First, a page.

Mainstream teachers' instructional adaptations: implications for inclusive responses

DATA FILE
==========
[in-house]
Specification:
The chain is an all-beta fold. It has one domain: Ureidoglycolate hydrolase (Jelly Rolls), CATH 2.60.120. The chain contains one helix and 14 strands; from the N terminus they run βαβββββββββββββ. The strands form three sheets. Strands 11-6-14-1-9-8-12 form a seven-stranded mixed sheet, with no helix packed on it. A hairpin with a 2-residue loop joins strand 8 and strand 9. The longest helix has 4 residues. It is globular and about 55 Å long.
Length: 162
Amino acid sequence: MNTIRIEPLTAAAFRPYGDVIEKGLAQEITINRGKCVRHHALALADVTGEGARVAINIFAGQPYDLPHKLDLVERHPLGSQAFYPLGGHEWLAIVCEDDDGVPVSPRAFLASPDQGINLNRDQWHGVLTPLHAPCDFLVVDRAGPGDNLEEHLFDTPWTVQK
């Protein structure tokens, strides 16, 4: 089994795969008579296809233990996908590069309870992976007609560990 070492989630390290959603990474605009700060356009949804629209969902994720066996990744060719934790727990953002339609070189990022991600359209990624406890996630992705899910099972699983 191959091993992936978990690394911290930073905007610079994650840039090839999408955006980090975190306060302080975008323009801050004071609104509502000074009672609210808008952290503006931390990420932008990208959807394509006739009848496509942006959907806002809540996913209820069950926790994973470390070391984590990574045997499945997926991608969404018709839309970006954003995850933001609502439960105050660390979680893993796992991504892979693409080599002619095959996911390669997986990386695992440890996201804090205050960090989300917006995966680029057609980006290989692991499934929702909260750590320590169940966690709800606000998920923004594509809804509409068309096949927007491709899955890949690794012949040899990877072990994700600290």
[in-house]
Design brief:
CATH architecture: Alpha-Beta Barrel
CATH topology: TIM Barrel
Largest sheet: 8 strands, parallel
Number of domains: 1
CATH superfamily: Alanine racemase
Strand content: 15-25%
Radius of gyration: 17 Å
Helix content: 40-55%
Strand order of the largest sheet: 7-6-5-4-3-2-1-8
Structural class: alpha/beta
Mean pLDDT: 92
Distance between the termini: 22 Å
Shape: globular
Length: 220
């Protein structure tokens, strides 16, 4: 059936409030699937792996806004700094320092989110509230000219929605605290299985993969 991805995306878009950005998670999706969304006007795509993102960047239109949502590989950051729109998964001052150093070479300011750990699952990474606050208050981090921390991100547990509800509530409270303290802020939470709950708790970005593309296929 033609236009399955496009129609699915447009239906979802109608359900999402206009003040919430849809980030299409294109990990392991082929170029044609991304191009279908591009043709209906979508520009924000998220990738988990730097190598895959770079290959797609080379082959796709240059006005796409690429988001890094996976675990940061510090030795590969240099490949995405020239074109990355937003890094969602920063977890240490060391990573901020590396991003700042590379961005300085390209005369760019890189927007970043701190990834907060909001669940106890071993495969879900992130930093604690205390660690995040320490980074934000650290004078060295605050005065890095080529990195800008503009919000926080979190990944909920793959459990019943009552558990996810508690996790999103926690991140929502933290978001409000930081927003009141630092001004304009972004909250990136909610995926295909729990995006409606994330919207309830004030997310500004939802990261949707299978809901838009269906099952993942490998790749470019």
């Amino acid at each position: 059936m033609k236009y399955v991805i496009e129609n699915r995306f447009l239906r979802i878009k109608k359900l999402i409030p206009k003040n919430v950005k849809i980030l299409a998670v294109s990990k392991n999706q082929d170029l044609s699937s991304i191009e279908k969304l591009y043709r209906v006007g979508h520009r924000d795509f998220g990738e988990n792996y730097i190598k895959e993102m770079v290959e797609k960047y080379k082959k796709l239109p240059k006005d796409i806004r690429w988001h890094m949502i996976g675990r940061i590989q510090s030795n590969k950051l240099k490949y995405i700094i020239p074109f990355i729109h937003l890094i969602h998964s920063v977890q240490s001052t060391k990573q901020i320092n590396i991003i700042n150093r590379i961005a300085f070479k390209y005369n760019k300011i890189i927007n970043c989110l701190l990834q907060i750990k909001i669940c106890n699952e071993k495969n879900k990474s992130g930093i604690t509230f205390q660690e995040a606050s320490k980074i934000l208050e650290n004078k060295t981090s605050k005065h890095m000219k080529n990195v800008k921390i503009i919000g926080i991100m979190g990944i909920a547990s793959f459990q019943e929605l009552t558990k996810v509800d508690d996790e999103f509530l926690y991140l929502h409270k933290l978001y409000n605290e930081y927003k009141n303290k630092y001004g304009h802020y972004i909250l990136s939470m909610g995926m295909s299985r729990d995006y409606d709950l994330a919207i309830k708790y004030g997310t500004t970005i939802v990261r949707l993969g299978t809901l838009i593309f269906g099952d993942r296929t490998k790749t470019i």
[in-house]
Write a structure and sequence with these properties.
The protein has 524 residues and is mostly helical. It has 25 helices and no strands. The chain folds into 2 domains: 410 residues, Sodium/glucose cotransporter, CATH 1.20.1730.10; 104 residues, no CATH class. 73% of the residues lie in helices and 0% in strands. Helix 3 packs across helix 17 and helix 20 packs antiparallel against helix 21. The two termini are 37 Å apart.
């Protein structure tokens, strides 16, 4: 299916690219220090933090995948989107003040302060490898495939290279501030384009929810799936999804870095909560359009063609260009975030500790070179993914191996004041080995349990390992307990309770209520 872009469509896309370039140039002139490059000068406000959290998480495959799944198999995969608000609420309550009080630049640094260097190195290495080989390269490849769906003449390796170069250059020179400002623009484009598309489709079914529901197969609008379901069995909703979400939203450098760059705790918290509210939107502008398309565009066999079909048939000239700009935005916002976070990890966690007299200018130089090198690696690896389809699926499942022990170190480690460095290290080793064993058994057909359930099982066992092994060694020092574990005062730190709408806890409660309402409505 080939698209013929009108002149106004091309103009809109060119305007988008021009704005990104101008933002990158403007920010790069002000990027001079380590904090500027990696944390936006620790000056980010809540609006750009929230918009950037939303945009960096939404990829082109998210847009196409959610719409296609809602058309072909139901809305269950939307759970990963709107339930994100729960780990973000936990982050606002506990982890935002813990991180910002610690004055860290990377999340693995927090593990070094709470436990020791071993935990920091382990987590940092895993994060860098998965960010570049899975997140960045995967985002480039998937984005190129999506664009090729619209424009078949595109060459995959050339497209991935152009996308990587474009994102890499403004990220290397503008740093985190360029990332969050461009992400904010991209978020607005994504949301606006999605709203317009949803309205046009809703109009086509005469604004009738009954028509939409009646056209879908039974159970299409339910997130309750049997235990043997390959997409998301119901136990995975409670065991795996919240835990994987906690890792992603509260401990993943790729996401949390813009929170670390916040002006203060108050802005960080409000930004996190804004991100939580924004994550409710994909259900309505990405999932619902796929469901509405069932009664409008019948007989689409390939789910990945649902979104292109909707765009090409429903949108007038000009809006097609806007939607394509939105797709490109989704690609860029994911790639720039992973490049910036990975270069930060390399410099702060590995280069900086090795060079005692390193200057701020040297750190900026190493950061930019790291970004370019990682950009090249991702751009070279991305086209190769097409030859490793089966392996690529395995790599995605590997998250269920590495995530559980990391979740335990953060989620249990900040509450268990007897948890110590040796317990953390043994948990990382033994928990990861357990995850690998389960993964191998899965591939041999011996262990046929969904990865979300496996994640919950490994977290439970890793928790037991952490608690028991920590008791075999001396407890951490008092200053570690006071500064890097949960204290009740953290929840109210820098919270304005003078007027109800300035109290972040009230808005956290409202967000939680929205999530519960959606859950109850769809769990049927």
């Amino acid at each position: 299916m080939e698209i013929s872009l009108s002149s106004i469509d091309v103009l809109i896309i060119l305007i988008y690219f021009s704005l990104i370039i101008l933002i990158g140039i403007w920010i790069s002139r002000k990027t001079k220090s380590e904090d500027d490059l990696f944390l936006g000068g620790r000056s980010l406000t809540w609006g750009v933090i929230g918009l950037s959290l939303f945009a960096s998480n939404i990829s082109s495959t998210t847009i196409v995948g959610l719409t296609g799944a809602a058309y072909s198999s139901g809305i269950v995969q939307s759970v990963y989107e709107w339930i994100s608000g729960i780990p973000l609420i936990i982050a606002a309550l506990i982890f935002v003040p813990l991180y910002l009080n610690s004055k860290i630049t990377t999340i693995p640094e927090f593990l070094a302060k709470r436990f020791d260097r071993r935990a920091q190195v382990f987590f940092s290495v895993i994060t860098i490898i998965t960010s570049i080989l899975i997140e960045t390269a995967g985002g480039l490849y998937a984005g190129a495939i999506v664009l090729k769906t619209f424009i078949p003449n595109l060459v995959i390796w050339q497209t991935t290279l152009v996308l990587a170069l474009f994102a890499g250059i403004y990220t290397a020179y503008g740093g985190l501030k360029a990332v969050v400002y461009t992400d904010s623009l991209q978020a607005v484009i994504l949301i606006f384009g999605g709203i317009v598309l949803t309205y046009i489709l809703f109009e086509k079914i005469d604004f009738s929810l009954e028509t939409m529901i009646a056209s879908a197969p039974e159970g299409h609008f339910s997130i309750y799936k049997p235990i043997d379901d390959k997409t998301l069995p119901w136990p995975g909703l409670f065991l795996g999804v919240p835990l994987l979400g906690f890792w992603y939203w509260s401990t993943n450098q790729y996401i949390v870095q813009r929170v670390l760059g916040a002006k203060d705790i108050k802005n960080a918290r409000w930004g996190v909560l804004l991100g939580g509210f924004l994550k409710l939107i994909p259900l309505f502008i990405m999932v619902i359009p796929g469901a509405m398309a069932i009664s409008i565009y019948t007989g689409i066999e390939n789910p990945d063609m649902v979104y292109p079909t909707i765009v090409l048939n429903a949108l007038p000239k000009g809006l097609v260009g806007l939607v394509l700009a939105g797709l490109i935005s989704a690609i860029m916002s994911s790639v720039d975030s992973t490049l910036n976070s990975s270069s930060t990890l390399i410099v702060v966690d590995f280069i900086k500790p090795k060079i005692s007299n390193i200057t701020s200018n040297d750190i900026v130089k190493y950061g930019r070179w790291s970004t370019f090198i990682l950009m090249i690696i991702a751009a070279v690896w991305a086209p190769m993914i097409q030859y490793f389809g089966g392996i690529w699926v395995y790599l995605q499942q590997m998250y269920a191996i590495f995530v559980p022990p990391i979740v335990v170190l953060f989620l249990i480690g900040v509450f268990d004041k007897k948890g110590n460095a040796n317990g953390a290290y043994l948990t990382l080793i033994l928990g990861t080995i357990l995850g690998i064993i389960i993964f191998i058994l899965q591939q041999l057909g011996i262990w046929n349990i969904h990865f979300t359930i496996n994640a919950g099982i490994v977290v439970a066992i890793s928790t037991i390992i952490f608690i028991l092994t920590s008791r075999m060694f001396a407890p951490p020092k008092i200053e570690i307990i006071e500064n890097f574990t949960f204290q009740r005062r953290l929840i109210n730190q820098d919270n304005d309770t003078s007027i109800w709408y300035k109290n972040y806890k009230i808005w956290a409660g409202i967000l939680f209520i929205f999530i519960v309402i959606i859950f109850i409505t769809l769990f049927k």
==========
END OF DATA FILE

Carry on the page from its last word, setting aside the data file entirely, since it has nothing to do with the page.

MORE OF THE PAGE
The aim of the study is to examine Greek mainstream teachers' views concerning the feasibility and desirability of routine instructional adaptations, and to explore the reasoning underpinning their responses. Data were collected by using interviews, which included both highly- and semi-structured (luestions.A modified version of the Teaching Adaptation Scale (TAS, Cardona-Molto, 2003) was used for the interview process.The scale allowed for the evaluation of teachers' perceptions of instructional adaptations and their feasibility and desirability in five out of the six original categories, including: a) Classroom Management, b) Grouping Strategies, c) Additional leaching, d) Activity Adjustment and e) Formative Assessment. The majority of participants reported that they use frequently most of the adaptations included whilst those used rarely or never used by teachers were: between-class grouping, activities at various levels of difficulty, diverse activities, specific resources and computers. These were also the adaptations -with the exception of using specific resources- that were deemed to be more desirable than feasible. At the same time, some adaptations were not desired by a minority of teachers including between-class grouping, grouping all students in pairs, providing additional teaching to certain subgroups in the class, implementing activities at various levels of difficulty, asking for diverse activities, and using alternative material, specific resources and computers. The most salient and recurrent finding was that all of the participants were strongly bounded by pace, curriculum and the implementation of the textbook. Lack of time and the overloaded syllabuses were reported as some of the main barriers prohibiting the implementation of adaptations. Further, the academic context seemed to influence the pattern of teachers' responses while a number of misconceptions were revealed in teachers' understanding and knowledge of particular adaptations. Implications in terms of teachers' training, inclusive responses and policy practices are discussed and analysed.